Another definition is, “An integrated and transformative process that connects creative and cultural resources to build authentic, dynamic and resilient communities or place.” (Toronto Artscape, Glossary.) I like this definition much better.

One of the challenges of this present time of economic contraction is figuring out how to make the places where we live into places that sustain us on a number of levels. This involves not only trying to create places that provide some or all of the essentials we need, but also creating places that encourage and promote a sense of community.

Some writers and thinkers have addressed this challenge, notably architects and urban planners from the “New Urbanist” movement. Their assumption has been that placemaking is primarily an activity reserved for governments, developers and other large entities with lots of resources to create well-designed, resilient communities from the ground up, or to re-fashion defunct, poorly designed communities into the sorts of communities that could be called good places to live. Things like redevelopment, transit-oriented development and gentrification come to mind when discussing the re-fashioning process.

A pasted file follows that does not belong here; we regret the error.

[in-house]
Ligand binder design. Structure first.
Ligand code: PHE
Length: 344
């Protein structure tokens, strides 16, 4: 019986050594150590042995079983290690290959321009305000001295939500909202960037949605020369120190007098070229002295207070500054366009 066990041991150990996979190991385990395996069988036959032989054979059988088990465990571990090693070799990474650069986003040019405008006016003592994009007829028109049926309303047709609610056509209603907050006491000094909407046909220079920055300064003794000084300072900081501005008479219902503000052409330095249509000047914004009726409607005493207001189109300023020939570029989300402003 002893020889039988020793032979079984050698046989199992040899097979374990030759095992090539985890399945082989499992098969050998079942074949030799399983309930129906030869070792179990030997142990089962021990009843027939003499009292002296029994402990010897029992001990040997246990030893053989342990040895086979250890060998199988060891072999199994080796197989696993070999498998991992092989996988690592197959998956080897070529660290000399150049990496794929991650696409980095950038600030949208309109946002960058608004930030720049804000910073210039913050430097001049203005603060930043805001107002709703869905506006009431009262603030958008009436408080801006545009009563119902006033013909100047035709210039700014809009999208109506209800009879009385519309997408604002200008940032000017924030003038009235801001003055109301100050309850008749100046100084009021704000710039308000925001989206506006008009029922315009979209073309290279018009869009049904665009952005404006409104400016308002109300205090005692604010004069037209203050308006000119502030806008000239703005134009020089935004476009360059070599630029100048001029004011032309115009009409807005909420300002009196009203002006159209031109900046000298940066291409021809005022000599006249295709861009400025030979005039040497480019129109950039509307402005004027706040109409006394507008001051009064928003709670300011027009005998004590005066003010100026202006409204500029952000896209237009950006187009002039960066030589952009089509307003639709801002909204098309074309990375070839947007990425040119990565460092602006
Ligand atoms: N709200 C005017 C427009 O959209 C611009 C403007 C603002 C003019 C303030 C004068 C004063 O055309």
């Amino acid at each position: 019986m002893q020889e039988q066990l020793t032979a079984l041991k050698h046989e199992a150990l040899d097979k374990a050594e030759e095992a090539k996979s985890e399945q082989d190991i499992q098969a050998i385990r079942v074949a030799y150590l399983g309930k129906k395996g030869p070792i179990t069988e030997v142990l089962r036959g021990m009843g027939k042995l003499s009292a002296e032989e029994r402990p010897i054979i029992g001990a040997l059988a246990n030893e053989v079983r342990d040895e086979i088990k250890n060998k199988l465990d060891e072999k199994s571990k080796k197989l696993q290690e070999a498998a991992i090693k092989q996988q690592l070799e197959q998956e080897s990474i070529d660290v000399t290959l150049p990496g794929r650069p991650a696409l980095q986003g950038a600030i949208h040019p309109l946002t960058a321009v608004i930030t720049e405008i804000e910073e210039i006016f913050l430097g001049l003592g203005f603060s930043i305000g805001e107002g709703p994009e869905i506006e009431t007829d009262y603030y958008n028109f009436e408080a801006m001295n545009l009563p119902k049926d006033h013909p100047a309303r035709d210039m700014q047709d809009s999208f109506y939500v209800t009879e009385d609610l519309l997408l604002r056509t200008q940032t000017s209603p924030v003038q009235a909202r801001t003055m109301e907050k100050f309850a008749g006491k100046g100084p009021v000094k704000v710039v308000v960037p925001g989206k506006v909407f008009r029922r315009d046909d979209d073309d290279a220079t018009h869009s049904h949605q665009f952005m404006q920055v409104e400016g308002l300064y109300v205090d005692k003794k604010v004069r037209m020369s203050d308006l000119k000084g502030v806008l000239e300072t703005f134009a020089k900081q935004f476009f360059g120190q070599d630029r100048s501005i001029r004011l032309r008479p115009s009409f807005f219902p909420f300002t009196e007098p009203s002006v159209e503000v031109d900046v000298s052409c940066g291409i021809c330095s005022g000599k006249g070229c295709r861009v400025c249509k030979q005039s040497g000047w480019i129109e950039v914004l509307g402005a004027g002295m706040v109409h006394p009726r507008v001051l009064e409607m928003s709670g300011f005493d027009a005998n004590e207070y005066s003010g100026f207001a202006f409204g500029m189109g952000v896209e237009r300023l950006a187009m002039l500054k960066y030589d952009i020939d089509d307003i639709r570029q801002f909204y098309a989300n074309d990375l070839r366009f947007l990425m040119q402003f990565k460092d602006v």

The problem is that the money and resources for such a refashioning have already been largely blown in the United States. It's as if the nation collectively went to a store with $5 in its pocket, and blew the money on candy and soda instead of beans, rice and vegetables. Some key writers and economic analysts believe that the industrialized world in general, and the United States in particular, are in the early stages of a massive deflationary depression which will destroy the ability of large-scale entities like governments to do anything on a large scale.

It will therefore be up to ordinary citizens to make good places out of the places where they live. But there's another challenge, namely, that not that many of us own our own living places outright, and even now, not many can afford to pay for a place in cash. A deflationary depression will cause a drop in prices of assets like real estate, yet it will depress wages even faster. Such a drop in wages will make it hard for people who own “on margin” (that is, who owe money on the houses they “own”) to continue making payments on their debt, and it will turn many other people into sojourners without definite roots, as many young people in college and recent college graduates are now.

How can these renters - young people in college or recently graduated, and working poor people - make sustainable places for themselves in the places they rent? How can they make their neighborhoods into sustainable places? How can they engage in good placemaking?